I try to stay in touch with what was available then - what players were playing on.
One thing definitely was the quality, the playability, the airtightness. Just the overall responsiveness and quality of the harmonicas that were made prior to the early 1960's seem to be very high. Harmonicas I've seen from the fifties are awesome playing harmonicas.
In the mid 1960's there was a little trend - about the time they introduced the 'Bluesharp'(***) - it appears that the quality somewhat steadily started to decline. What does that mean? It looks like less effort was taking place to set the reed action and the curvature of the reeds. If that's not set correctly, the harmonica is just going to appear to be leaky and unresponsive.
So one of the obvious reasons why the early harmonicas are coveted is because they by
and large generally played better.
Also there's a thing that confuses people: the harmonicas that were made prior to the 1970's, the tuning was adjusted with what is called just intonation. Which means that the chords were perfectly in tune. So you get these harmonicas (plays chords) which had these velvety smooth chord-sounds, versus whereas harmonicas tuned nowadays tend to be rougher, with a lot more dissonance in the chords - equal temperament (plays just intonation harp).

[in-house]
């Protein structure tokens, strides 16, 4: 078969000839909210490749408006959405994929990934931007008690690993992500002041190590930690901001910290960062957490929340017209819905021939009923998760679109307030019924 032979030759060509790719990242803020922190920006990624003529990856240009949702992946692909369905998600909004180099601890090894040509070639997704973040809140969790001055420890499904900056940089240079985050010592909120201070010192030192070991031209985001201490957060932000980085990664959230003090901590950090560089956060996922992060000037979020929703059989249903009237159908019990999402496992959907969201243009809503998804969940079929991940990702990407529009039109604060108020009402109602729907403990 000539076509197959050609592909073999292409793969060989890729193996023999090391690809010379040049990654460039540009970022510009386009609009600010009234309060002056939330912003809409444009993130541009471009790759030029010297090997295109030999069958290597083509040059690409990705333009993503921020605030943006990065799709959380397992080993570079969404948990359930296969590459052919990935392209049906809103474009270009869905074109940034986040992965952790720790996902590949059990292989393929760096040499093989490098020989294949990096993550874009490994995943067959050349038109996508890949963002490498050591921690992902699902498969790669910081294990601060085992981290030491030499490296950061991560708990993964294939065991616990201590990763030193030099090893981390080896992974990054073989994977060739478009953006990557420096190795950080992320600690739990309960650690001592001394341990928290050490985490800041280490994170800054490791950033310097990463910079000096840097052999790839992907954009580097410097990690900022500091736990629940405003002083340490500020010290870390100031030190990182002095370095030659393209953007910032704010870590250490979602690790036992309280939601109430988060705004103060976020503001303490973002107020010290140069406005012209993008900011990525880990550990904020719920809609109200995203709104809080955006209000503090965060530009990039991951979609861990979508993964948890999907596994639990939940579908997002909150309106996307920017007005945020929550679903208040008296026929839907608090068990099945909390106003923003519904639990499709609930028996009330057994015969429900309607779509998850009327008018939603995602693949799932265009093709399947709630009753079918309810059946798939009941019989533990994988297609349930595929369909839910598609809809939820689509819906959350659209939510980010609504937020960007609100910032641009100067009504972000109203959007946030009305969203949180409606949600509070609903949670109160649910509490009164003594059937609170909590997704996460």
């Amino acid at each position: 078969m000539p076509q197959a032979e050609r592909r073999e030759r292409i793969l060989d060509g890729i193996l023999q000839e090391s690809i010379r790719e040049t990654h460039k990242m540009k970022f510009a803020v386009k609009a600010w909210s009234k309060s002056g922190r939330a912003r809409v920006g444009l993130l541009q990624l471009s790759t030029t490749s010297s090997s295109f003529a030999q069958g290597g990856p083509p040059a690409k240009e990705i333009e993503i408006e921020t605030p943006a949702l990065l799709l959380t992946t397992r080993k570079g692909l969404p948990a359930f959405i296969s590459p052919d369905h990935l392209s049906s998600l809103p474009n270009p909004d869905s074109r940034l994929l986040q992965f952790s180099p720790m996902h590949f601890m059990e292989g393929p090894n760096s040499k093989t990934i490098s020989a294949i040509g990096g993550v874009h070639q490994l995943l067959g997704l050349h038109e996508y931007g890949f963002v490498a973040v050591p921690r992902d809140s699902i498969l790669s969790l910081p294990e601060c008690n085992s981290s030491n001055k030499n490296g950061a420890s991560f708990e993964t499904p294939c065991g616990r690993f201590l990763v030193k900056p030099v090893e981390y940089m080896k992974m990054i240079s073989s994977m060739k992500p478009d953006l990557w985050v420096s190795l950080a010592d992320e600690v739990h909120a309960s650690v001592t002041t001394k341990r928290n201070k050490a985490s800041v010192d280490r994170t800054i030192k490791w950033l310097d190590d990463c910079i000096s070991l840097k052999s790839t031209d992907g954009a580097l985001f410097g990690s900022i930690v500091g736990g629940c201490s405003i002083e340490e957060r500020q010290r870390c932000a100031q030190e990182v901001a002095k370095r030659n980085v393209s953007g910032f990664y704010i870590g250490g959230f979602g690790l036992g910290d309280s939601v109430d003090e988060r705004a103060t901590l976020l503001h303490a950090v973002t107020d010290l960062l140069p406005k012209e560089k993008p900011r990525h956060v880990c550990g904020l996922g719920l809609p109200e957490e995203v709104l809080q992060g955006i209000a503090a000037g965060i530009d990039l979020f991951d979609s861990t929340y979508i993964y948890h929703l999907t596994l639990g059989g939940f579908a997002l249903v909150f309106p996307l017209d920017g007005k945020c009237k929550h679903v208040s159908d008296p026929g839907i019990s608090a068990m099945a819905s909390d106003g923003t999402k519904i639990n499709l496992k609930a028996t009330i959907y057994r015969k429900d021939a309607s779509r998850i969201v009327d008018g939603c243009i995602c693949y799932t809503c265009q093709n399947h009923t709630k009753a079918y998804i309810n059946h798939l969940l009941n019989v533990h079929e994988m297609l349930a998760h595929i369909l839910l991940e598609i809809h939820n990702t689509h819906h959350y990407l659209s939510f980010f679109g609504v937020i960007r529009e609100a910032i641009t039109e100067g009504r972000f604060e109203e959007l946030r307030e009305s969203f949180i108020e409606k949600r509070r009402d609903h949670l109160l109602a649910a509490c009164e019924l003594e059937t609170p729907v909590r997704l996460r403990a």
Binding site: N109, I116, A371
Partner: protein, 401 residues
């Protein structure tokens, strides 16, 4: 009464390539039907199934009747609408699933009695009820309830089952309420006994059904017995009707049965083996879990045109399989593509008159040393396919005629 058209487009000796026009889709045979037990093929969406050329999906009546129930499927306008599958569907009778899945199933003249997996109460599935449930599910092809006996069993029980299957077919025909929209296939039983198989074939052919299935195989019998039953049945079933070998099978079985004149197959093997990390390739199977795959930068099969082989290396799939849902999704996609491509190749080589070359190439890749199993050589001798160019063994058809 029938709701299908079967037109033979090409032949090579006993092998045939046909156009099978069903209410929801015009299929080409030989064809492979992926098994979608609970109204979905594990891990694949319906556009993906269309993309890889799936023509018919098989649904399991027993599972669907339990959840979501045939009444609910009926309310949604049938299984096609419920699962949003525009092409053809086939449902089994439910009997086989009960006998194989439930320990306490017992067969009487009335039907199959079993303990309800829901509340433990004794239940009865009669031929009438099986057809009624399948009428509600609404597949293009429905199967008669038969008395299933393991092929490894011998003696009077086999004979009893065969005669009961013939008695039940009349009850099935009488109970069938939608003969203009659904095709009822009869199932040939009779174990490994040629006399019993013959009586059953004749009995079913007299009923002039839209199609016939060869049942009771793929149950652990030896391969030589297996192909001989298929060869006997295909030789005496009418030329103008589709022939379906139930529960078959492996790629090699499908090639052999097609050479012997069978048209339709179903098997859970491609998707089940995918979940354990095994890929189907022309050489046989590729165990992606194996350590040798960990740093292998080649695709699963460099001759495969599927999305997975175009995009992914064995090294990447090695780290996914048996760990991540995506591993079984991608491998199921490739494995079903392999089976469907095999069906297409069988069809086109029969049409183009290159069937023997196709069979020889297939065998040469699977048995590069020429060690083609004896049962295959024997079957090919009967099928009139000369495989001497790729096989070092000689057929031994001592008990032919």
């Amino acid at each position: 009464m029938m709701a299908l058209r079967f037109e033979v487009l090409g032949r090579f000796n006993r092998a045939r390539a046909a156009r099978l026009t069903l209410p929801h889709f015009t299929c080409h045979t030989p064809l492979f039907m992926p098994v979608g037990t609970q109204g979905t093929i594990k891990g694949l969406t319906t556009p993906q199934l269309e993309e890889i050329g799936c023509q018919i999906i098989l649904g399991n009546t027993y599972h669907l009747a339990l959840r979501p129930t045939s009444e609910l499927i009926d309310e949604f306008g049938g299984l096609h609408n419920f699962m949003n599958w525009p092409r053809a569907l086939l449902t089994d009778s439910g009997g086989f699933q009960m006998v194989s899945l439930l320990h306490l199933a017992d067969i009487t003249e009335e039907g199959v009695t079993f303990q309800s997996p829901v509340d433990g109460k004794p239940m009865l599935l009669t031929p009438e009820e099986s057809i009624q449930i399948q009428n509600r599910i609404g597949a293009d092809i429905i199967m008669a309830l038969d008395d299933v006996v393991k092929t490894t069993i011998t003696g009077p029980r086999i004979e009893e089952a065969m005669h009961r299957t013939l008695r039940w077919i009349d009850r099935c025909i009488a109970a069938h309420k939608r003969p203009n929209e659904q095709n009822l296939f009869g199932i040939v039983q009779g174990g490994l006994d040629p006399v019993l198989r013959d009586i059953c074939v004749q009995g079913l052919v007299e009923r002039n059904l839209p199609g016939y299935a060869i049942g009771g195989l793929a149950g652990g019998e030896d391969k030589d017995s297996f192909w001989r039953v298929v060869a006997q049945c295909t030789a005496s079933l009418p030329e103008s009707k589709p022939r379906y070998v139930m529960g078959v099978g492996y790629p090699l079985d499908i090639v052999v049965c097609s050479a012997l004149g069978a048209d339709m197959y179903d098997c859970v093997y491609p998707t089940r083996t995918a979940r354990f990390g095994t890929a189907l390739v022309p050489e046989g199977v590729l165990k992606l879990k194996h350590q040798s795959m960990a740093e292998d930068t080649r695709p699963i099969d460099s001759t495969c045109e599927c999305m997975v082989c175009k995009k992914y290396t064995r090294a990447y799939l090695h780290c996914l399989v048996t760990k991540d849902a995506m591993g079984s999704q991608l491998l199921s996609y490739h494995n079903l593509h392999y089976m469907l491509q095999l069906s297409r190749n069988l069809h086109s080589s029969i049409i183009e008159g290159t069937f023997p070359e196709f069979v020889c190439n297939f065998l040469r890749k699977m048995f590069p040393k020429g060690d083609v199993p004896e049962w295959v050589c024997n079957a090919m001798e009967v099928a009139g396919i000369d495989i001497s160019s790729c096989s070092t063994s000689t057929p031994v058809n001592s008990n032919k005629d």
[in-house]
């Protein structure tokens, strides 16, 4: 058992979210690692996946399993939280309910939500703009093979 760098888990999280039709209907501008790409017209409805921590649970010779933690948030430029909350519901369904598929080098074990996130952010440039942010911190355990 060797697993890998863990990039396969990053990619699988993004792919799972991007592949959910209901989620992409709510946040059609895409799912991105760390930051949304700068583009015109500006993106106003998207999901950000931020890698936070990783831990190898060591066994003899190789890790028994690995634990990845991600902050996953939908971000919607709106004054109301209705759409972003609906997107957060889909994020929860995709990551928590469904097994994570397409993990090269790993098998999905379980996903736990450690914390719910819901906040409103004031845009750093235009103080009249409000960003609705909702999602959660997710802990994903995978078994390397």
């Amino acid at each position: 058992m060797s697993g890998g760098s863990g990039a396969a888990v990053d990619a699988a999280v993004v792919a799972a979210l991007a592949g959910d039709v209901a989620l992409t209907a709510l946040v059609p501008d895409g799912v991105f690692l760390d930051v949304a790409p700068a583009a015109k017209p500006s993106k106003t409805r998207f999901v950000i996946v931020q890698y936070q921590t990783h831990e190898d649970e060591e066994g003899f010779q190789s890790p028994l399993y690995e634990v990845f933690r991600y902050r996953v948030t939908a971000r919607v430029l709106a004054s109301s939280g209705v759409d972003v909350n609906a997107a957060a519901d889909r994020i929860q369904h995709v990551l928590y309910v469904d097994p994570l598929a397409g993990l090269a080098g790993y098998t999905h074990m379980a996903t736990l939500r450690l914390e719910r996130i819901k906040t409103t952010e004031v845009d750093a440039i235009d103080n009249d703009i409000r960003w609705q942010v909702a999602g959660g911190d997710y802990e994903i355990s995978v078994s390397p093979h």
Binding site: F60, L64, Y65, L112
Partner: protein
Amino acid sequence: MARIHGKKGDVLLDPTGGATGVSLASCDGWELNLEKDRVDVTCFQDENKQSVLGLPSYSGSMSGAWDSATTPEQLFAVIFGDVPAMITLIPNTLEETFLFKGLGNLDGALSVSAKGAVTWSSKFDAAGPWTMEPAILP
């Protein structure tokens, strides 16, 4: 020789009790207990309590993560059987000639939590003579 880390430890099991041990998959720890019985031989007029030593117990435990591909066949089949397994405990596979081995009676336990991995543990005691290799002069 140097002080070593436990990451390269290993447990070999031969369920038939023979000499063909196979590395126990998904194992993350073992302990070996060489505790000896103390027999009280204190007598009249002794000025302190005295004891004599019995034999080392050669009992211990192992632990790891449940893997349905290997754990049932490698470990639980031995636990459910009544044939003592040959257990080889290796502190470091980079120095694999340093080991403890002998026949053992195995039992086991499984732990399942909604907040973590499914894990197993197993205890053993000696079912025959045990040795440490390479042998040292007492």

The problem is that some of the notes are flat compared to a piano (plays separate notes on both harps).
In a letter from January 1996 you mention brass custom harps with rounded comb holes. Did you stop making these for a particular reason? I don't see any mention of them on your current website.
In the same letter you said the delivery date rarely exceeded a maximum of twelve weeks. I guess things have changed drastically since then?
Around 1994, the new harmonicas that were coming out - definitely the Marine Bands, Special 20's , Golden Melodies... were unbelievably bad.
They just had a goof-up in the responsiveness. It was hands down some of the worst harmonicas that I've ever played, including cheap 2 dollar harmonicas.
It was that period where I just started to get inundated with requests and work.
The professional players that I've gotten to know had heard of the harmonica work I was doing. They were calling me up asking about was there anything that I had available.
The reason why they backlogged and why the work got pushed back so much, is that I was trying to accommodate the professional full-time touring, working players by getting them stuff as soon as possible.
Ofcourse the price that other players had to pay was that they had to wait.
Unquestionably the most stress-full time in my life. I was in my late twenties and coming to the realisation that if I was going to keep living with this much stress, that I wasn't going to live to see 40 years old.